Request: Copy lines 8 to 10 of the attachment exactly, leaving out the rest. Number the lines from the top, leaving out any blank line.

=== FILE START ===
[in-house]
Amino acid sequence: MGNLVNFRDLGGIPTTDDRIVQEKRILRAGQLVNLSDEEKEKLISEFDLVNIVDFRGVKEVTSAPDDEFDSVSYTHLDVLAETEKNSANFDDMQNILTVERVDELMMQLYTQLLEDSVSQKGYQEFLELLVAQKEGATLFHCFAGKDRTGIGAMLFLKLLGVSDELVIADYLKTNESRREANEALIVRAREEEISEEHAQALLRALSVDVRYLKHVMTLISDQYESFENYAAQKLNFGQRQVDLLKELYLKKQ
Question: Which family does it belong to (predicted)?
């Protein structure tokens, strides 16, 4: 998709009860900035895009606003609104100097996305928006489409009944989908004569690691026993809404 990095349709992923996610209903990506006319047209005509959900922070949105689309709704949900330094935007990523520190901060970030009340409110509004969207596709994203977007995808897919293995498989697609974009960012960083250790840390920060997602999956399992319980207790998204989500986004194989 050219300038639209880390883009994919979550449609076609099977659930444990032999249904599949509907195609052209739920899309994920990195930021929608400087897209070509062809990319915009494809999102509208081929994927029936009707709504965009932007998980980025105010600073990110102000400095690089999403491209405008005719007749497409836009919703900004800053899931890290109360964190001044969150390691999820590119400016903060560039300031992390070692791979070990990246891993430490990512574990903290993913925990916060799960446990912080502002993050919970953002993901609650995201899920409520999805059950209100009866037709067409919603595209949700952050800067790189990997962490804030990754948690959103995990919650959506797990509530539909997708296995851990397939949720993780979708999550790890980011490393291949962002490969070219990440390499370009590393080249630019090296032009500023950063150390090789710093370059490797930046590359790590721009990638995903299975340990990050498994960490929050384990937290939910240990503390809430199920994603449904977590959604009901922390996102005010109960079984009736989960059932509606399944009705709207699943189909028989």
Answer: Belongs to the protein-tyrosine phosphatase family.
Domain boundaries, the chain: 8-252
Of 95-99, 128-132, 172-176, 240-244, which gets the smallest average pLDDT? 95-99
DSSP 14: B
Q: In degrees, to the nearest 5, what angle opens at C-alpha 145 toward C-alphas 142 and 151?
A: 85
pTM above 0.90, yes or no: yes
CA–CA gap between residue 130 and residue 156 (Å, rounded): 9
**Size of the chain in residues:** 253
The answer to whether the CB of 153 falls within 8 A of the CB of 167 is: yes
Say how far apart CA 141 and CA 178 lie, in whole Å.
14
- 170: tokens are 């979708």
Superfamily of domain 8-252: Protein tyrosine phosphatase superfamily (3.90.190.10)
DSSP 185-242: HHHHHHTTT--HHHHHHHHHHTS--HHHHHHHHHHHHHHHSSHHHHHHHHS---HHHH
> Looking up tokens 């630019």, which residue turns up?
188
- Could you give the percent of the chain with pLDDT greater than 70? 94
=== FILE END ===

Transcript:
DSSP 14: B
Q: In degrees, to the nearest 5, what angle opens at C-alpha 145 toward C-alphas 142 and 151?
A: 85